Logh – The Contractor and the Assassin EP

Logh
The Contractor and the Assassin EP

It hasn’t seemed like long since Sweden’s Logh got some US recognition for its Deep Elm release, Every Time a Bell Rings an Angel Gets its Wings, but this band has been playing in Sweden since 1995, and its follow-up effort, The Raging Sun was really a more fully realized effort. On the heels of that fine full-length, Bad Taste Records has released a little teaser EP, with one track from that release and four others, which nicely show off the band’s current sound.

And that sound is, oddly enough, extremely American. In fact, it feels like mid-west emo to me, invoking comparisons to Waxwing and Casket Lottery. That’s not a bad sound: the music is crisp and enveloping, the lyrics (sung in English) are impassioned and strong. Producer John Congleton (of the Paper Chase) brought out the most from the band on The Raging Sun, but the band members do a fine job themselves on the other tracks here. The only strange thing is that the three non-album tracks here are instrumentals, taking away from the strong and unique vocals of singer Mattias Friberg.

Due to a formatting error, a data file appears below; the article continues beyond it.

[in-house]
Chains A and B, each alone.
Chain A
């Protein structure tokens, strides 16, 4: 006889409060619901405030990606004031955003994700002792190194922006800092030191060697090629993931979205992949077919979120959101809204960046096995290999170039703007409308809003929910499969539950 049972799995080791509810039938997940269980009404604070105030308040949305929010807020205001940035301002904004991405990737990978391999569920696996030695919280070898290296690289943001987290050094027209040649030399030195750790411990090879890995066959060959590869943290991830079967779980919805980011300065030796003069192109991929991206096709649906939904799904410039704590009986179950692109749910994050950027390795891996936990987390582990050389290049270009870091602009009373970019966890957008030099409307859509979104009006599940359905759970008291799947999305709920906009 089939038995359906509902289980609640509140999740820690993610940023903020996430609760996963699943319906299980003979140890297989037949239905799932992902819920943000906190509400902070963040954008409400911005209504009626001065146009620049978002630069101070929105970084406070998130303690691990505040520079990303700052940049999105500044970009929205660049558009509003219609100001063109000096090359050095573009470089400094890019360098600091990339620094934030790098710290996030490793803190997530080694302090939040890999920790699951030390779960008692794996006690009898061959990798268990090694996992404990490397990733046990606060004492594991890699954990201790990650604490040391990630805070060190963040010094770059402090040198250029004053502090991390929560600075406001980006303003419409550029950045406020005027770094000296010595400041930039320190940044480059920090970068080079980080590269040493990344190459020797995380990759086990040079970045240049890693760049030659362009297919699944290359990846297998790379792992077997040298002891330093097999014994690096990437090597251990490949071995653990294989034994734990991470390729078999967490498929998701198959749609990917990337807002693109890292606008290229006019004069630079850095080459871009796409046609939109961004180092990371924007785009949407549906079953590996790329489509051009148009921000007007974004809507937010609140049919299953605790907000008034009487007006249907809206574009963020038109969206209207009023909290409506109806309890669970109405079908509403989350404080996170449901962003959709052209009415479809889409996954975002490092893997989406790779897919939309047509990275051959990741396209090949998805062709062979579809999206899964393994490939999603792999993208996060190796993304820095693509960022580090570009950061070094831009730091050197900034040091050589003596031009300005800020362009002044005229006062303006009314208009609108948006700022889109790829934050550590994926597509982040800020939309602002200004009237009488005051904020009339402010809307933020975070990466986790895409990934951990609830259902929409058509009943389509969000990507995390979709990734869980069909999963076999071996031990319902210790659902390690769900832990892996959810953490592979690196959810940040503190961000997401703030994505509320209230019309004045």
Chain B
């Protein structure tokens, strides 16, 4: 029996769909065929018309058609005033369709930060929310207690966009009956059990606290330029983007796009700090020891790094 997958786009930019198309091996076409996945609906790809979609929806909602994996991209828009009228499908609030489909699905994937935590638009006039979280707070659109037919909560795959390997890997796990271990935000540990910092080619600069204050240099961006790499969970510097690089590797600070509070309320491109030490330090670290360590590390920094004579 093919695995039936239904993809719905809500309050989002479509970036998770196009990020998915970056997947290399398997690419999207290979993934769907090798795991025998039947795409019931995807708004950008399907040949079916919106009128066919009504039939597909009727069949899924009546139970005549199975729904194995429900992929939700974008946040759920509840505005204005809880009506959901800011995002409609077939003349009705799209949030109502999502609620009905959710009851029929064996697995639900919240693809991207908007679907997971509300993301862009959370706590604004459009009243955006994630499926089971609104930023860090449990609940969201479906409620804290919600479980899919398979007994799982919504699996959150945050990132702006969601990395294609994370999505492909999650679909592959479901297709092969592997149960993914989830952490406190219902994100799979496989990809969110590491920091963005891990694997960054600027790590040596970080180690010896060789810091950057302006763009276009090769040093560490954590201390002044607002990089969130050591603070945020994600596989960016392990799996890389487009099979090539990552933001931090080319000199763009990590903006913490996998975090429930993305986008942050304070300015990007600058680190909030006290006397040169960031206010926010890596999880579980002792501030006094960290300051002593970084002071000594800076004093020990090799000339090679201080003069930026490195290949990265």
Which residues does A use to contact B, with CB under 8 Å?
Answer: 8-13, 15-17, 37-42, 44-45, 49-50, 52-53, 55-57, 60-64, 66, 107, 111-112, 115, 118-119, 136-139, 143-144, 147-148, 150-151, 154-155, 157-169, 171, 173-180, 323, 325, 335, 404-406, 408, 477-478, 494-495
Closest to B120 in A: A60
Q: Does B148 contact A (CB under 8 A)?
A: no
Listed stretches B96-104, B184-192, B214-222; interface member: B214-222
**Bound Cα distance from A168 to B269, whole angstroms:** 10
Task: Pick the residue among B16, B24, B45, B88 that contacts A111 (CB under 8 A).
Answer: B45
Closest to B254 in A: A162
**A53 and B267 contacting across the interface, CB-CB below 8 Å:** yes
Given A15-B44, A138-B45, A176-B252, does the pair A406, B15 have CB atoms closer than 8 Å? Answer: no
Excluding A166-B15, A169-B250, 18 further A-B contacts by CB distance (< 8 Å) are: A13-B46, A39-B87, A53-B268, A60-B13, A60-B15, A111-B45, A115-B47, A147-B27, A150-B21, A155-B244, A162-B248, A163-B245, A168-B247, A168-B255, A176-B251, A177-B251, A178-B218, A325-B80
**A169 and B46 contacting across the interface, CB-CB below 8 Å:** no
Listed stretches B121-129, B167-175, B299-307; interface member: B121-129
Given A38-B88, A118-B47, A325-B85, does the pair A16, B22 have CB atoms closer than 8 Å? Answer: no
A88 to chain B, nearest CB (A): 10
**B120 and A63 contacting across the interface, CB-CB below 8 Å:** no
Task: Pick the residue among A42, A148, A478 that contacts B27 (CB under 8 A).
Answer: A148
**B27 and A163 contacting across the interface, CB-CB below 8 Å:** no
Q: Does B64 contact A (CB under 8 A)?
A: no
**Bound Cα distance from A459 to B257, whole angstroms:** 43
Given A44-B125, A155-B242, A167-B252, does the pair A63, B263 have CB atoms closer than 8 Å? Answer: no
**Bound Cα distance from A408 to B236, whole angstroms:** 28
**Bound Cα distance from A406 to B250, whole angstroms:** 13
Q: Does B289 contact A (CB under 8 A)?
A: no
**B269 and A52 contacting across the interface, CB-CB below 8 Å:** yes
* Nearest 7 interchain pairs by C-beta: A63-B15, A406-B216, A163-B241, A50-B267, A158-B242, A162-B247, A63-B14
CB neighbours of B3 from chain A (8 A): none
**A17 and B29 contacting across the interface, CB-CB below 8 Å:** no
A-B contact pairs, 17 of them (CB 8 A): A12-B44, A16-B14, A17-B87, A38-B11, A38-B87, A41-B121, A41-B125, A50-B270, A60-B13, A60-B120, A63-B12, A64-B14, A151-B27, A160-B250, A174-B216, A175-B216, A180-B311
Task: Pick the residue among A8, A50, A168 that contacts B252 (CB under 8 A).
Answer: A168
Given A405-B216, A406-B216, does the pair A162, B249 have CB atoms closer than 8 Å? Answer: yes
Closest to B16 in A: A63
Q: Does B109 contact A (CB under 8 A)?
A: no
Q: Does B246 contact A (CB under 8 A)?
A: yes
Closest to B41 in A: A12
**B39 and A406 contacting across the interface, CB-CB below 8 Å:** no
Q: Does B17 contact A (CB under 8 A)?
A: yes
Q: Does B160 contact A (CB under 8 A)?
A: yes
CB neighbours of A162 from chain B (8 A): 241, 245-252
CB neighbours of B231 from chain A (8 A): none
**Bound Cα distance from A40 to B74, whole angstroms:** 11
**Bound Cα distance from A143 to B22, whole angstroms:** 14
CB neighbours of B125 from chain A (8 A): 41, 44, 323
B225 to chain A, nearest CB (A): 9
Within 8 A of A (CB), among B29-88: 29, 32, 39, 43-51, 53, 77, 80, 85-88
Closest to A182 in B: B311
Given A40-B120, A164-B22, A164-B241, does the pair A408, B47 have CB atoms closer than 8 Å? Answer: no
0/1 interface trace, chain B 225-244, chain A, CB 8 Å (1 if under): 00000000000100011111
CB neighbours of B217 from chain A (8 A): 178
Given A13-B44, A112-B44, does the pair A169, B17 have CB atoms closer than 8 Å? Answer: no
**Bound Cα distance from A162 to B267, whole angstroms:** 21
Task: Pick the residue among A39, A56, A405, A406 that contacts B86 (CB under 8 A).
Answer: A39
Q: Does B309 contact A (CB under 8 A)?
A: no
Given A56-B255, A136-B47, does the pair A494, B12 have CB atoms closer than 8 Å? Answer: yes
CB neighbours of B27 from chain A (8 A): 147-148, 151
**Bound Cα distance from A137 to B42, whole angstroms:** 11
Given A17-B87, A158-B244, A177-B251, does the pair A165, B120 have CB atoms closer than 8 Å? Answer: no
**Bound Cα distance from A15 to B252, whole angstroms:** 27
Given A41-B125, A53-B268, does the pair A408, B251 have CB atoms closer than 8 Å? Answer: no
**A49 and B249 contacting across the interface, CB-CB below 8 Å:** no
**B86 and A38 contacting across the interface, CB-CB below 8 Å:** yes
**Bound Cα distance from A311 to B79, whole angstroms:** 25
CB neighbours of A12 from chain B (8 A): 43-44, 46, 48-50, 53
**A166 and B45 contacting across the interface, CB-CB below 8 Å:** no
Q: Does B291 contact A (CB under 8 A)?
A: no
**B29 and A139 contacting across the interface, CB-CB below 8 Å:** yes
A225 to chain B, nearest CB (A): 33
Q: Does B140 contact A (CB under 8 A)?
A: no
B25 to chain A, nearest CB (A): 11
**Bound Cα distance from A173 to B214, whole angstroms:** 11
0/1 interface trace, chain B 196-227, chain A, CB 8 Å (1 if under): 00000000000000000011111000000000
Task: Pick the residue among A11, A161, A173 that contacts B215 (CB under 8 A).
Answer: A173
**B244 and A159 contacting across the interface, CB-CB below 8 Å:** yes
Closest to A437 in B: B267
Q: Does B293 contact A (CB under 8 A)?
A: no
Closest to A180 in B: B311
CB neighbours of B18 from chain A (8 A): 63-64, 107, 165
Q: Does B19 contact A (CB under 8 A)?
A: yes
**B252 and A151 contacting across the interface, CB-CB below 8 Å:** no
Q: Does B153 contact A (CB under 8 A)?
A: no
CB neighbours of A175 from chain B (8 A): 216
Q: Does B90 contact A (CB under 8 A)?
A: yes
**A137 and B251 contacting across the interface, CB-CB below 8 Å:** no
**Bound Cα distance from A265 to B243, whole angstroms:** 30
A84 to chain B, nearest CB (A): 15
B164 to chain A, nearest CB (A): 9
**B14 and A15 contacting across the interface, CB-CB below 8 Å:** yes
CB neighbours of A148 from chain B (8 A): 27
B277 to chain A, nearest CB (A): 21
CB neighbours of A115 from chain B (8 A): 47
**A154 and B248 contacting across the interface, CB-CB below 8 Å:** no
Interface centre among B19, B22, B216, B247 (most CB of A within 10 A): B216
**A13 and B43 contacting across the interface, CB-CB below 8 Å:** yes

The dark and ominous tone to the title track (from Sun) is a nice lead-in to this band’s sound, with the melodic guitars and low-end bass fitting Friberg’s Rocky Votolato-esque vocals. “The King of Romania” starts off with this gorgeous guitar and light, cymbal-led percussion, and the whole instrumental is just this fine little laid-back gem that nicely breaks up the EP. And it leads nicely into the dark, reverberating “NoFo,” which again, oddly enough, is an instrumental. The closing “Wildcard” is a great track, filled with strong guitar, low-end bass, and a more rocking tempo.

I suspect this EP is a move to refocus attention on Logh’s full-length release, and the album was so good that it deserves renewed attention. But it should be noted that the other tracks here are strong in their own right, and they really show a band continuing to develop its sound. I only wish they were more fully developed, with vocals to help flesh out the sound. While I’ve pointed out the comparisons to Waxwing a few times, the non-album tracks show more of a unique flair that I expect to see even more of on the next release.